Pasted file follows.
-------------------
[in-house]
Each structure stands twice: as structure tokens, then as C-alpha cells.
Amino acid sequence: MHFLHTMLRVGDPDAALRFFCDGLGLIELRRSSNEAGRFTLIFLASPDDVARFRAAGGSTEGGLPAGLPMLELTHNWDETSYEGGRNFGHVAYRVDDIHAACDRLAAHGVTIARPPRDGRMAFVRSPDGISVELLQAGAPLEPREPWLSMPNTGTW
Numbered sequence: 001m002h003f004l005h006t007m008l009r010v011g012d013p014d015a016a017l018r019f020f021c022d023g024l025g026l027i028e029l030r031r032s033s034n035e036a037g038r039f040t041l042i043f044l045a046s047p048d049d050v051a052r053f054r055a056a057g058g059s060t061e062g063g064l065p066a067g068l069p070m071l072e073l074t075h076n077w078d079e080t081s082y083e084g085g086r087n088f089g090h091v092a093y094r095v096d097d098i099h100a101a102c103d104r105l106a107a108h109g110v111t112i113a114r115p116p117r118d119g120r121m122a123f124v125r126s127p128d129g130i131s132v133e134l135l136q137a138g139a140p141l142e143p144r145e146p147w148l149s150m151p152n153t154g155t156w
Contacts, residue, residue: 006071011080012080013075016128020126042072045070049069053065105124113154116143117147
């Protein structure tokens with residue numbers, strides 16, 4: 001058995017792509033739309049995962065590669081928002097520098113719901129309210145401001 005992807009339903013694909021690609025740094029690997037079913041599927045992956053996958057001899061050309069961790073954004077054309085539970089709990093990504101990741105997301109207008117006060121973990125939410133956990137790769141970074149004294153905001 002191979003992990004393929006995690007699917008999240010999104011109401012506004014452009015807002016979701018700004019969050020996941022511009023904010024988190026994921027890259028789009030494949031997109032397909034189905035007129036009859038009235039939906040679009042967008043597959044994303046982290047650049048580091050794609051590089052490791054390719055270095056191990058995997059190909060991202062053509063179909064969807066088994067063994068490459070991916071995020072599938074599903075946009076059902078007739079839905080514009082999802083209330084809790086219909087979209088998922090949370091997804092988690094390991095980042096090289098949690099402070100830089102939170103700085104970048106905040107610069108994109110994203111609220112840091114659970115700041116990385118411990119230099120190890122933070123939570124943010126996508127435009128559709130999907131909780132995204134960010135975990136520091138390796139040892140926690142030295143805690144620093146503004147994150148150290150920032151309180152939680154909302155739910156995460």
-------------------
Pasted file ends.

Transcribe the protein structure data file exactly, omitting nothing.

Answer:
[in-house]
Each structure stands twice: as structure tokens, then as C-alpha cells.
Amino acid sequence: MHFLHTMLRVGDPDAALRFFCDGLGLIELRRSSNEAGRFTLIFLASPDDVARFRAAGGSTEGGLPAGLPMLELTHNWDETSYEGGRNFGHVAYRVDDIHAACDRLAAHGVTIARPPRDGRMAFVRSPDGISVELLQAGAPLEPREPWLSMPNTGTW
Numbered sequence: 001m002h003f004l005h006t007m008l009r010v011g012d013p014d015a016a017l018r019f020f021c022d023g024l025g026l027i028e029l030r031r032s033s034n035e036a037g038r039f040t041l042i043f044l045a046s047p048d049d050v051a052r053f054r055a056a057g058g059s060t061e062g063g064l065p066a067g068l069p070m071l072e073l074t075h076n077w078d079e080t081s082y083e084g085g086r087n088f089g090h091v092a093y094r095v096d097d098i099h100a101a102c103d104r105l106a107a108h109g110v111t112i113a114r115p116p117r118d119g120r121m122a123f124v125r126s127p128d129g130i131s132v133e134l135l136q137a138g139a140p141l142e143p144r145e146p147w148l149s150m151p152n153t154g155t156w
Contacts, residue, residue: 006071011080012080013075016128020126042072045070049069053065105124113154116143117147
């Protein structure tokens with residue numbers, strides 16, 4: 001058995017792509033739309049995962065590669081928002097520098113719901129309210145401001 005992807009339903013694909021690609025740094029690997037079913041599927045992956053996958057001899061050309069961790073954004077054309085539970089709990093990504101990741105997301109207008117006060121973990125939410133956990137790769141970074149004294153905001 002191979003992990004393929006995690007699917008999240010999104011109401012506004014452009015807002016979701018700004019969050020996941022511009023904010024988190026994921027890259028789009030494949031997109032397909034189905035007129036009859038009235039939906040679009042967008043597959044994303046982290047650049048580091050794609051590089052490791054390719055270095056191990058995997059190909060991202062053509063179909064969807066088994067063994068490459070991916071995020072599938074599903075946009076059902078007739079839905080514009082999802083209330084809790086219909087979209088998922090949370091997804092988690094390991095980042096090289098949690099402070100830089102939170103700085104970048106905040107610069108994109110994203111609220112840091114659970115700041116990385118411990119230099120190890122933070123939570124943010126996508127435009128559709130999907131909780132995204134960010135975990136520091138390796139040892140926690142030295143805690144620093146503004147994150148150290150920032151309180152939680154909302155739910156995460």